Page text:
Harris Interactive and Microsoft Corp. reached an agreement late last week that will remove another big name from the Internet polling firm’s lawsuit against Mail Abuse Prevention System LLC and several Internet service providers.
On Sept. 7, almost one month to the day after it dropped its claims against America Online, Harris reached an out-of-court settlement with Microsoft that will enable the Rochester, NY, pollster to send e-mail to users of MSN Hotmail.
In a prepared statement, Microsoft said it would now ensure that Harris’ e-mails would reach their intended Hotmail audience. The company also stressed that it held no liability to Harris and that no money was exchanged as part of the settlement.
What was left unclear, however, was whether Hotmail will continue to use MAPS spam filtering services. Microsoft officials said that Hotmail did use MAPS and attributed that service to Harris’ inability to reach Hotmail users. The Sept. 7th statement did not say if it would continue to work with MAPS.
Microsoft by presstime had not returned a call for comment.
MAPS is an anti-spam watchdog that operates the Realtime Blackhole List, a compilation of alleged spammers that is used by some 20,000 subscribers, who consist of ISPs, network e-mail administrators and the like. Though it carries no official authority, marketers greatly fear an RBL listing because subscribers almost automatically choose to blacklist any firm that appears on it.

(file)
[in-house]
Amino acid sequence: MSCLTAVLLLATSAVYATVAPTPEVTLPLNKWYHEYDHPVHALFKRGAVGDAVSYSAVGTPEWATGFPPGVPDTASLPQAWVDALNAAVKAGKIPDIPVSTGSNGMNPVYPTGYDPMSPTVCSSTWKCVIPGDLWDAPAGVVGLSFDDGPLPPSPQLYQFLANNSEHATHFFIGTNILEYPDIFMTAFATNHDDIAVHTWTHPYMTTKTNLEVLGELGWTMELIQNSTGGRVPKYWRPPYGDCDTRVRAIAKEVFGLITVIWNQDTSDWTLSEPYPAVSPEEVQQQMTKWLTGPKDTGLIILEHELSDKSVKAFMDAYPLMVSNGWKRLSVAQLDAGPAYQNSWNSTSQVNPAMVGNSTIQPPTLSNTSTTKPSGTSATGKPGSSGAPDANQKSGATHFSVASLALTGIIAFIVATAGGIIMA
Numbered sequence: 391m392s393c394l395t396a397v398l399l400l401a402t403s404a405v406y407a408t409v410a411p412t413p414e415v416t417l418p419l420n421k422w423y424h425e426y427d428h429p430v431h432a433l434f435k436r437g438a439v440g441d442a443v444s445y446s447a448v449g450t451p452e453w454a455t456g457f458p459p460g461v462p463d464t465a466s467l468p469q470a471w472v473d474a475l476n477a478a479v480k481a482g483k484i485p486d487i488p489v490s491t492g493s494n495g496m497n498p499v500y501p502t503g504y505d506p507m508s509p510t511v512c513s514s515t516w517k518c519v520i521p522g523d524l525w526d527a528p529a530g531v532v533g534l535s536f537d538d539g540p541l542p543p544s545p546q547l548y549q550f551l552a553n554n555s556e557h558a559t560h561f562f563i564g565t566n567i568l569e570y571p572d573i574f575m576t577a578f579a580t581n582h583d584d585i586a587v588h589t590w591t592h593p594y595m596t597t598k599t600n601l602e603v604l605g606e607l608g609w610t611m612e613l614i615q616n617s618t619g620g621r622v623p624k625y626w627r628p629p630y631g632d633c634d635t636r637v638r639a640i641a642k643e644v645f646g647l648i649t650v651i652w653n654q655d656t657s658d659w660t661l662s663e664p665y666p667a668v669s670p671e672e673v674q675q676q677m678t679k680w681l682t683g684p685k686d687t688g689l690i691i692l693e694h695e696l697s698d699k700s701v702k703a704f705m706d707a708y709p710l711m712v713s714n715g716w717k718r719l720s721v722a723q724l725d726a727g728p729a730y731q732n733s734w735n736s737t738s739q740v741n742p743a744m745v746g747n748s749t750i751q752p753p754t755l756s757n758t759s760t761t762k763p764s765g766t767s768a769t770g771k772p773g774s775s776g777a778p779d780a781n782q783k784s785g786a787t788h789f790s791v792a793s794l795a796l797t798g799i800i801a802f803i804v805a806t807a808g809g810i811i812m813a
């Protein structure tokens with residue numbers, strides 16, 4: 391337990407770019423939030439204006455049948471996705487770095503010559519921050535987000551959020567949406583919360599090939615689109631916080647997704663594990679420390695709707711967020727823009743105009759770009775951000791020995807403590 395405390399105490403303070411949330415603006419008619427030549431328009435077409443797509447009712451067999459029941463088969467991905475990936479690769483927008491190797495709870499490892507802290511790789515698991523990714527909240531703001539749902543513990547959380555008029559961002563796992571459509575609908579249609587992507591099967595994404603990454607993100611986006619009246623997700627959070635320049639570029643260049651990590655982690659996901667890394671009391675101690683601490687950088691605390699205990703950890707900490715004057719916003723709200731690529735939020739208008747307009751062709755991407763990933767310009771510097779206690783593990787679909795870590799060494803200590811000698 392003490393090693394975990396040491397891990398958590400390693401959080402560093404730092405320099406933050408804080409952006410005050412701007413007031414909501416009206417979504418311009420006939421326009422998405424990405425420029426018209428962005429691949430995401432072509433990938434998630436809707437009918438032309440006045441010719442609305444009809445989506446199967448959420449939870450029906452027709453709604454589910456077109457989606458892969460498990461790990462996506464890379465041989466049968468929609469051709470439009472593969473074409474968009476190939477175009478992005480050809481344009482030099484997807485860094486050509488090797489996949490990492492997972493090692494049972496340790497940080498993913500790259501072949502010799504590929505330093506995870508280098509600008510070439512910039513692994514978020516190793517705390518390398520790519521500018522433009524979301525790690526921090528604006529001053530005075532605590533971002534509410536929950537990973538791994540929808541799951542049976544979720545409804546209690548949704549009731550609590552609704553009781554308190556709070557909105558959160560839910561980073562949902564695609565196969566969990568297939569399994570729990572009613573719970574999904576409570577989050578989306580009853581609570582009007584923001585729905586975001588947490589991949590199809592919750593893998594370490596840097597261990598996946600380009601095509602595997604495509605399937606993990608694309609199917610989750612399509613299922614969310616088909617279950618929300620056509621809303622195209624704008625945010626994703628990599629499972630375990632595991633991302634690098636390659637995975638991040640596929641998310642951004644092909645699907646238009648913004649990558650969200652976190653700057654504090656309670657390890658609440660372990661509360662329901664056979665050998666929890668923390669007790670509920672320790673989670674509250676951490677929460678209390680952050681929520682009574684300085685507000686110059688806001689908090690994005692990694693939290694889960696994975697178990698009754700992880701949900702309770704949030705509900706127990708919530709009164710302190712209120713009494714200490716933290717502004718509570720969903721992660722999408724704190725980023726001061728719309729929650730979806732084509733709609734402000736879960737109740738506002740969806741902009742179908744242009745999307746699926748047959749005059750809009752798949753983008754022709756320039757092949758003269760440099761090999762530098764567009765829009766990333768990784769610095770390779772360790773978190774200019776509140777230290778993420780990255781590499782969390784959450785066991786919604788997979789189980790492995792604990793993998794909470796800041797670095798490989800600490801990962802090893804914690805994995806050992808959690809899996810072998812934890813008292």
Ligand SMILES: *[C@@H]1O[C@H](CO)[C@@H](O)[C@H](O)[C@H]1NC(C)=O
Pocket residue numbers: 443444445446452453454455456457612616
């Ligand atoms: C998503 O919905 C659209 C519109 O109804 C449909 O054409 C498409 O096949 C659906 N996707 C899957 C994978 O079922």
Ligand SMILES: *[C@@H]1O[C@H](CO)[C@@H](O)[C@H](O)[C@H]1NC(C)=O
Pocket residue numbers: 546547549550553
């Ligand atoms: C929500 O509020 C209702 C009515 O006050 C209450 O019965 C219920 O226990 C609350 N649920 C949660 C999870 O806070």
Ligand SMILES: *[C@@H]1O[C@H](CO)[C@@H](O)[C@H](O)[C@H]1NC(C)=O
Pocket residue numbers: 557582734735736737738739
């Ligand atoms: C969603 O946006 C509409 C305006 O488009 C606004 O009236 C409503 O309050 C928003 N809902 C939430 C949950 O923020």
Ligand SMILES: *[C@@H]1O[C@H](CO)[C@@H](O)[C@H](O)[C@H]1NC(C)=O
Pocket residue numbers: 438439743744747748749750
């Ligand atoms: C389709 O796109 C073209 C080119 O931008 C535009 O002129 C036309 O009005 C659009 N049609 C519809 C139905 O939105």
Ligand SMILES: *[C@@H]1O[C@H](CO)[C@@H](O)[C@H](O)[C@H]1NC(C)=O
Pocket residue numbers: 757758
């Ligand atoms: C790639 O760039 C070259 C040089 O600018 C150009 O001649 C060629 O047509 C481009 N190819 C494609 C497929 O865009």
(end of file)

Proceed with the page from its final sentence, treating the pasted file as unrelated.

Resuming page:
Harris’ lawsuit now seeks compensatory damages from Qwest, Juno Online Services, Bell South and a handful of other ISP defendants. It is claiming that Harris’ listing on the RBL is unfair and that the ISPs’ use of the blacklist is damaging its ability to conduct business.
While Harris has reached successful out-of-court settlements with AOL and Microsoft, it did lose an initial courtroom battle. On August 8th, in a U.S. District Court in Rochester, N.Y., the presiding judge denied Harris’ request for a temporary restraining order against a MAPS RBL lisiting.